Timing of Deductions Related to Payroll Tax Deferral

November 23, 2020

The Coronavirus Aid, Relief, and Economic Security (CARES) Act allows employers to defer payment on the employer’s share of Social Security taxes (6.2% of eligible wages) that would have otherwise been due between March 27, 2020 and December 31, 2020. Employers must pay 50% of the amount of these deferred payroll taxes by December 31, 2021 and the remaining 50% by December 31, 2022. The result of deferring the tax payments may push the expense recognition to 2021 or 2022. The result is a loss of the payroll tax deduction in 2020 and an increase in income taxes for the tax year. For accrual method businesses, there may be opportunities to deduct the deferred portion of the payroll tax paid in 2021 on their 2020 tax returns. Cash and accrual method employers should take time to plan and assess their liquidity and decide the most beneficial way to use their cash.

Cash Basis Taxpayers

For employers that are cash basis taxpayers, tracing deductions is a straightforward exercise–if cash was paid for the expense in 2020, the deduction will be allowable for the 2020 tax year. Payments must be made in 2020 in order to obtain the deduction for the 2020 tax year. Employers that project a decrease in taxable income or losses in 2021 and 2022 may benefit from an early payment of the payroll taxes that have been deferred during calendar year 2020.

Accrual Basis Taxpayers

While cash method employers need to pay their tax in the payment year to claim the payroll tax deduction, the same is not necessarily true for accrual method employers. Timing rules for accrual method taxpayers may be beneficial and allow the taxpayer to claim a deduction in 2020 while deferring payment until 2021.

Accrual method taxpayers are generally allowed an income tax deduction in the taxable year when the “all-events” test is met, and economic performance occurs. If the all-events test is met, a payroll tax deduction is allowable in the tax year when all of the following occur:

  1. The fact of the liability has been established;

  2. The amount of liability can be determined with reasonable accuracy; and

  3. Economic performance has been completed by the last day of the tax year 

The first two requirements are met when applying the all-events test to payroll tax because the liability and the amount of the liability are both established by law. However, the third requirement will not generally be met until the tax liability has been paid. Payroll taxes, including the employer’s share of Social Security taxes, is considered to have met the Economic Performance test on payment. Unless an exception to the all-events test applies, the deferral of the payment of the employer’s portion of Social Security taxes to 2021 will prevent the employer from taking the deduction for those deferred amounts in the 2020 tax year.

Recurring Item Exception

Regulation Section 1.461-5 provides that a taxpayer may deduct an accrued liability even where economic performance has not yet occurred under the “recurring item exception.” Under this exception, a taxpayer may deduct an accrued liability if the first two requirements of the all-events test are met, and economic performance occurs before the earlier of:

  1. 8 ½ months after year-end, or

  2. filing of the tax return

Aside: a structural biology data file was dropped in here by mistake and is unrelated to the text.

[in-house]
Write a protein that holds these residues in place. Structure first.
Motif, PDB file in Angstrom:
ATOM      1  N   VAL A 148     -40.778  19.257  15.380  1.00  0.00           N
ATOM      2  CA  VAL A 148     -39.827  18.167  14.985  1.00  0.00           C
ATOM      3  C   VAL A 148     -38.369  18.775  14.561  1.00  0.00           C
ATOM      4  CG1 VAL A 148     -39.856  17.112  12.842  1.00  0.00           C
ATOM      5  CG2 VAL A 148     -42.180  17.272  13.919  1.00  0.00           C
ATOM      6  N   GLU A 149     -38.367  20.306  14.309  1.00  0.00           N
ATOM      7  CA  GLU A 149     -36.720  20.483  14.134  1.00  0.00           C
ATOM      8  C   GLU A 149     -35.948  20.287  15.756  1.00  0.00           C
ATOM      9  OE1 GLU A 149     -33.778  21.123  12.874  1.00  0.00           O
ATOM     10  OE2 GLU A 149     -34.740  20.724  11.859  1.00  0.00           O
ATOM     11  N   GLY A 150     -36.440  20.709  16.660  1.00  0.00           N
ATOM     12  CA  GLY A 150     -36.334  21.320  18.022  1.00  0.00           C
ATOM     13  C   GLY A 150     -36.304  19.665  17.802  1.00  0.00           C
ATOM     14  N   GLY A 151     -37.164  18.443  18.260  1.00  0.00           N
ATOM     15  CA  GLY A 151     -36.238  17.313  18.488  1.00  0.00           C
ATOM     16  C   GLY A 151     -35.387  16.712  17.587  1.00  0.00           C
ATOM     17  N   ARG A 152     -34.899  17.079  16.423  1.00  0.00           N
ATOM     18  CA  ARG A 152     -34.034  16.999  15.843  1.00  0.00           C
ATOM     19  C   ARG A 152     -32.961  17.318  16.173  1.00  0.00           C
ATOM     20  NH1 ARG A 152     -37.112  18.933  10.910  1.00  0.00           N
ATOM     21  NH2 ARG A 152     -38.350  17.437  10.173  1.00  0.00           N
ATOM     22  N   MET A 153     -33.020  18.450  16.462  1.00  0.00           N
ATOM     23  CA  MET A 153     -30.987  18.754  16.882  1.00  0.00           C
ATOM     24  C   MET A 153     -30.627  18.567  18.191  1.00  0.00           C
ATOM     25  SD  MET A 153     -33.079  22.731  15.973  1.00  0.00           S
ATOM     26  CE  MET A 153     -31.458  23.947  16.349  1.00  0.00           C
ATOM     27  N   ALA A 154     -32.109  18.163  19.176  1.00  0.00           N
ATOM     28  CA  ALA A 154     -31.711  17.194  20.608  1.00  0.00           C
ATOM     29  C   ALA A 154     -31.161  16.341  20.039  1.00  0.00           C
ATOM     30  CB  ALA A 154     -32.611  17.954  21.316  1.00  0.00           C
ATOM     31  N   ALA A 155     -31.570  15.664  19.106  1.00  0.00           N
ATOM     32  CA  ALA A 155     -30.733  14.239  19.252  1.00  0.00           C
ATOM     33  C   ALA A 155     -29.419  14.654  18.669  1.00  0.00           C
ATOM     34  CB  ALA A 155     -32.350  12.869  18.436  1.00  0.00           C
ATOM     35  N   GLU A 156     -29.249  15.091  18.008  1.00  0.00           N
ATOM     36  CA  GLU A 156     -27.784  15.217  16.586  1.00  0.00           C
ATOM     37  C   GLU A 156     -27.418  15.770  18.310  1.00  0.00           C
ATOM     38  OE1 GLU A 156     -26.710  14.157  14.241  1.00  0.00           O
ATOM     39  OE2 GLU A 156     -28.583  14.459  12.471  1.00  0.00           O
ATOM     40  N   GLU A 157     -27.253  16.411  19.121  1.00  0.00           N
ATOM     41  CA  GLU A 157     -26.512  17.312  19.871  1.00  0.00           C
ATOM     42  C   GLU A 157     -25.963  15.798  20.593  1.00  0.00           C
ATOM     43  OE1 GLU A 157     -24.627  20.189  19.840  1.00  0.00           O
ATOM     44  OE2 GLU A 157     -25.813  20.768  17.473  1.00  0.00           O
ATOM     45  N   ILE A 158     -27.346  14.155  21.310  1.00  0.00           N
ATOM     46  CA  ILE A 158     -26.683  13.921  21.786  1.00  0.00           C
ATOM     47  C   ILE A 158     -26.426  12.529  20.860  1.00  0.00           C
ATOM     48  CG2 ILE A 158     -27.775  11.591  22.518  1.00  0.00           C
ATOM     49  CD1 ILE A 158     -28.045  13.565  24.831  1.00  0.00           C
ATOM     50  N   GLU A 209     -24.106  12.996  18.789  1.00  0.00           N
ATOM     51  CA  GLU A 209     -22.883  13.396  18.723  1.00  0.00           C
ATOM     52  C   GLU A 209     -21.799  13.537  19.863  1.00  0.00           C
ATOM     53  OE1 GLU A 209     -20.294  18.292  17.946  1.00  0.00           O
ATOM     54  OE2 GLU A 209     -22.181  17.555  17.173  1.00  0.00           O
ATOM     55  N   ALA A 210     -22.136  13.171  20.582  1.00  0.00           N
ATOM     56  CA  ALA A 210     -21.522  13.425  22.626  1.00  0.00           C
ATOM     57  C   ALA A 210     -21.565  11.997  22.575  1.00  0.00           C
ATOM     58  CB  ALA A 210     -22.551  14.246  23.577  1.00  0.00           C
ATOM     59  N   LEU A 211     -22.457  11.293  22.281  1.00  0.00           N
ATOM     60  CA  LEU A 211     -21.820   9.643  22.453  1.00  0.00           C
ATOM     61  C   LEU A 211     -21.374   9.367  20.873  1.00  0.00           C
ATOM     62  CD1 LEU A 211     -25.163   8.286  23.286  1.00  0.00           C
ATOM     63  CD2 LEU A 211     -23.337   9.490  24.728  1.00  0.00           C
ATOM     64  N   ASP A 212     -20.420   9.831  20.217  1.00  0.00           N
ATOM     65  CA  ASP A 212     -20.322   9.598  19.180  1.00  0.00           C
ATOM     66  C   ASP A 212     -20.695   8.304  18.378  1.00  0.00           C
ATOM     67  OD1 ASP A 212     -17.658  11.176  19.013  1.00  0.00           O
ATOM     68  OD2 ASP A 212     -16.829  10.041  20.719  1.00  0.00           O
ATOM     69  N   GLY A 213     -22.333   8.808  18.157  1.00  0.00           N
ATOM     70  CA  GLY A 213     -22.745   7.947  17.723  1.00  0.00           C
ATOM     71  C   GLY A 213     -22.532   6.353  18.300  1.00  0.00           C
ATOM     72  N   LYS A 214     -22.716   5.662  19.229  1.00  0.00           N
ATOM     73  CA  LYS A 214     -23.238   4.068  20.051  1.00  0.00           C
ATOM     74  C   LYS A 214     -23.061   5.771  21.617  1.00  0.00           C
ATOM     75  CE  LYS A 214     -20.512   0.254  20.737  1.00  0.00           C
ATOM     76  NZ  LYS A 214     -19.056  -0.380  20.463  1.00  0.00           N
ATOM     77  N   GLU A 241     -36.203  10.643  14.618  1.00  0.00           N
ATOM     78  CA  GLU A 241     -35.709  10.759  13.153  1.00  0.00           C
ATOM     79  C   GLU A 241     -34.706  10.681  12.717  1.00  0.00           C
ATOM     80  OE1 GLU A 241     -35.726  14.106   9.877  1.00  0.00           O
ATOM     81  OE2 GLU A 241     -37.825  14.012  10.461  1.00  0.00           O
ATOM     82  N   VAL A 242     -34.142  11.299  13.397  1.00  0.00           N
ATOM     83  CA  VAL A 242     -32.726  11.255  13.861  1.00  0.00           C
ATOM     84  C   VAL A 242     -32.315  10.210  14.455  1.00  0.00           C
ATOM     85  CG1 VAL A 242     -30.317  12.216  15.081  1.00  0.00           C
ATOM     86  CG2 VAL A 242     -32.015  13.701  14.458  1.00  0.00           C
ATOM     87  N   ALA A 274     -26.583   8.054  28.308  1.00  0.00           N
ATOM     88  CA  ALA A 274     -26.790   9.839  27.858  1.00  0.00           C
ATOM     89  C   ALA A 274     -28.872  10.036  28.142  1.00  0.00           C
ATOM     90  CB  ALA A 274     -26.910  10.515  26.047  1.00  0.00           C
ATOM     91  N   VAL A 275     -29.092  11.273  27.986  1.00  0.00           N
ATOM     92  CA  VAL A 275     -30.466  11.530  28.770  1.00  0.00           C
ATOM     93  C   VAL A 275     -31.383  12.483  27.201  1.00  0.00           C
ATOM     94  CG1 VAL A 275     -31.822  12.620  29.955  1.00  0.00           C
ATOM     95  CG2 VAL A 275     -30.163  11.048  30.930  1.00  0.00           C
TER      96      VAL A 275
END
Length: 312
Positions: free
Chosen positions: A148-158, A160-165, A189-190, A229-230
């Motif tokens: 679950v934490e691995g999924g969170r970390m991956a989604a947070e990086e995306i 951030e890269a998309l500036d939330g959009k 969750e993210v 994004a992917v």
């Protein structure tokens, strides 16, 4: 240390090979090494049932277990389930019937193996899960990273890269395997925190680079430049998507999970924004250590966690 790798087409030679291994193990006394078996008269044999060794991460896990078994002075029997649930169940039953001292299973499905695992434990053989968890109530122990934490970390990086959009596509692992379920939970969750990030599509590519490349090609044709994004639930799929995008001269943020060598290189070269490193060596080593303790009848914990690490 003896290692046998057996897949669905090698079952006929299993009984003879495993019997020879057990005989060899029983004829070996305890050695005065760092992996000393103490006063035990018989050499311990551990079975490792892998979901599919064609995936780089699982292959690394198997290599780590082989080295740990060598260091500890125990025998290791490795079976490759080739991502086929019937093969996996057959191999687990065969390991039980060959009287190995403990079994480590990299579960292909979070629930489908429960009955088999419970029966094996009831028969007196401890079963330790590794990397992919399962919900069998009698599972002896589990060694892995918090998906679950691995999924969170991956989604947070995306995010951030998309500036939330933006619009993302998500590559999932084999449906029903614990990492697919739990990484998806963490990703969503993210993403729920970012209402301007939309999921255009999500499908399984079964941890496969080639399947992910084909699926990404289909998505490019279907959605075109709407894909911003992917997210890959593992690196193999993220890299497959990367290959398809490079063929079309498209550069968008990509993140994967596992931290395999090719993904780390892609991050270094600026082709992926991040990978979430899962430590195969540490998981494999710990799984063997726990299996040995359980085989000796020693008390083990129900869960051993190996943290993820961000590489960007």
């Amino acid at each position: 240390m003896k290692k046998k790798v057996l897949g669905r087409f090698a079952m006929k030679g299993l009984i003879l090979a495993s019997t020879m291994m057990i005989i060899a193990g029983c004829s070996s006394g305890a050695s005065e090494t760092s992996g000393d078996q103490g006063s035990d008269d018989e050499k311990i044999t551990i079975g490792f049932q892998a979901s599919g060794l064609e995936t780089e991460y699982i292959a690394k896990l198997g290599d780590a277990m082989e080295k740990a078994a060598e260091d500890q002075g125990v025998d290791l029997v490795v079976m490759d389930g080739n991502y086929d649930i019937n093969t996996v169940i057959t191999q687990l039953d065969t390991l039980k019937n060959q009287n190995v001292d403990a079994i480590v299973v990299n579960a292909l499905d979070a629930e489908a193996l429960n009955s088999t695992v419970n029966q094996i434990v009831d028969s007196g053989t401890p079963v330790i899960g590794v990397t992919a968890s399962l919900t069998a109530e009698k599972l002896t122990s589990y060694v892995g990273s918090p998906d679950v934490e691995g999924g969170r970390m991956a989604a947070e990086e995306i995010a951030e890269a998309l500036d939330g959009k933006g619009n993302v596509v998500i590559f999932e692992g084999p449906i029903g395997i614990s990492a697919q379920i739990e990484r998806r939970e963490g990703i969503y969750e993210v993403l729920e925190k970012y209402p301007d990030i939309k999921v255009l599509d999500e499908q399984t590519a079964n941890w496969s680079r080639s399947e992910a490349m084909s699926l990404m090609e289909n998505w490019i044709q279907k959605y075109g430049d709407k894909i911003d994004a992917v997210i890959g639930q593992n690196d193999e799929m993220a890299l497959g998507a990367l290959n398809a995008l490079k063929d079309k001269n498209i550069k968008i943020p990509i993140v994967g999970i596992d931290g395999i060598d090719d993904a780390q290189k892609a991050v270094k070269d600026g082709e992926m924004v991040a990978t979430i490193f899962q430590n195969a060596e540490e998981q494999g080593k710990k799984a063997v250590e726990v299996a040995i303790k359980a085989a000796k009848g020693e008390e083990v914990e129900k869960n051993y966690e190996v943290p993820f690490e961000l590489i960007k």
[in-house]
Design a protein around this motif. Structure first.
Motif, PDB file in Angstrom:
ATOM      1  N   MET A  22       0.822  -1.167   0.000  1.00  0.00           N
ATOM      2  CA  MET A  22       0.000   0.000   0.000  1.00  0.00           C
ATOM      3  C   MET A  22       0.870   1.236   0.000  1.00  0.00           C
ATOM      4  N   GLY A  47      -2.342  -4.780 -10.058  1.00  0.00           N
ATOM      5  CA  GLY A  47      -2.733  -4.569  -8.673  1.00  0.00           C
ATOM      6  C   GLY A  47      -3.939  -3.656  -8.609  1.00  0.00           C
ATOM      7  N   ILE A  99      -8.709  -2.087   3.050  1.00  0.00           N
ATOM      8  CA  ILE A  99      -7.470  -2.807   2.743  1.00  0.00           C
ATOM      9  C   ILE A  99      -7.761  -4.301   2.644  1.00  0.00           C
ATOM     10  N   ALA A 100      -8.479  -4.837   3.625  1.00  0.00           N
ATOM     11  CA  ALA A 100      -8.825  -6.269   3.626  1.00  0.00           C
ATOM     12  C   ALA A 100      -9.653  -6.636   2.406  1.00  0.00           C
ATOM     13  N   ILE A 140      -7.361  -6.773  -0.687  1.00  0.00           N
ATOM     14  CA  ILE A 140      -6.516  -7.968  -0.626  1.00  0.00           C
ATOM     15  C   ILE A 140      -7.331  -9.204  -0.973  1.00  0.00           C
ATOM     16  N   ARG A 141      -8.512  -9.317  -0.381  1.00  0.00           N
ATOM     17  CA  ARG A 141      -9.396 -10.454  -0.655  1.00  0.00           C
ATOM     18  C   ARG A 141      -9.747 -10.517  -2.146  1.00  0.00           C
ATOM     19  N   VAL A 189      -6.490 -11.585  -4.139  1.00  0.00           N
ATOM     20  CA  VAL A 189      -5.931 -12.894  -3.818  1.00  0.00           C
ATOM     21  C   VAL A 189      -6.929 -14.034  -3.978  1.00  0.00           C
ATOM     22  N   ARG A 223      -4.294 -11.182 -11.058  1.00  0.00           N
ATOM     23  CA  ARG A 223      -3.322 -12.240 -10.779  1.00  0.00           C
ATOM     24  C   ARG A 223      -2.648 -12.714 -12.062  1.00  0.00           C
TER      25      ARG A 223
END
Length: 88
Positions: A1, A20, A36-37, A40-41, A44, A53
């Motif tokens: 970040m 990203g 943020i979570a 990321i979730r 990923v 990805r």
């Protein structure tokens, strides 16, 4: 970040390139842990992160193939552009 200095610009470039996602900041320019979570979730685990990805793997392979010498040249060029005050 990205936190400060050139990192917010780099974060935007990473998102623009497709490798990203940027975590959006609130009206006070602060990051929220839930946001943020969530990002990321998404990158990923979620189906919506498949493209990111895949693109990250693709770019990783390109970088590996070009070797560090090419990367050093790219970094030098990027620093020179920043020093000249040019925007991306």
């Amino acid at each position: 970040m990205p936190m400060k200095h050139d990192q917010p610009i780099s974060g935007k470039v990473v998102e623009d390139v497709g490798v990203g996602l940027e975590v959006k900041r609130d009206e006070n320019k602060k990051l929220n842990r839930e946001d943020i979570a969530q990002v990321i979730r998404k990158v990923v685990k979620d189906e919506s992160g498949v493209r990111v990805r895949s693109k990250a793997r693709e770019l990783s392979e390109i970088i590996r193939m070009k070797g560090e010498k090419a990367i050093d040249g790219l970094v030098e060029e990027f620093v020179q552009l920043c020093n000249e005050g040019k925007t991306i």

Employers that have adopted the recurring item exception for payroll taxes may defer the payment of the employer portion of Social Security taxes to 2021 and still claim the deduction in 2020. However, the payment of the deferred amount by calendar-year taxpayers must be made by the earlier of the date the return is filed or September 15, 2021. For employers that have not adopted the recurring item exception, the business must file a Form 3115 either before or at the time the income tax return is filed.

Other Considerations

As originally enacted, the CARES Act prevented employers that received a Paycheck Protection Program (PPP) loan from deferring the Social Security tax after receiving notification of loan forgiveness. However, the PPP Flexibility Act was enacted and made changes to the CARES Act to allow employers to continue to defer Social Security tax deposits after the PPP loan is forgiven, which greatly expands the amount of Social Security taxes PPP loan recipients are permitted to defer.

The Employee Retention Credit is a refundable tax credit against certain employment taxes equal to 50 percent of the qualified wages an eligible employer pays to employees after March 12, 2020, and before January 1, 2021. Eligible employers can get immediate access to the credit by reducing employment tax deposits they are otherwise required to make. Also, if the employer's employment tax deposits are not sufficient to cover the credit, the employer may get an advance payment from the IRS. An employer is permitted to defer the deposit of the employer’s share of Social Security taxes before it applies the employee retention credit. The paid leave credits and the employee retention credit are applied after taking into consideration the deferred employer share of Social Security taxes. This is a favorable aspect of the IRS guidance because it allows employers to layer the benefit of payroll tax deferral on top of these other provisions. For more information, please refer to the “Deferral of employment tax deposits and payments through December 31, 2020” FAQs.

Marks Paneth will continue to monitor developments and will provide updates as they become available. Contact your Marks Paneth advisor if you need additional information or assistance or email responseteam@markspaneth.com.

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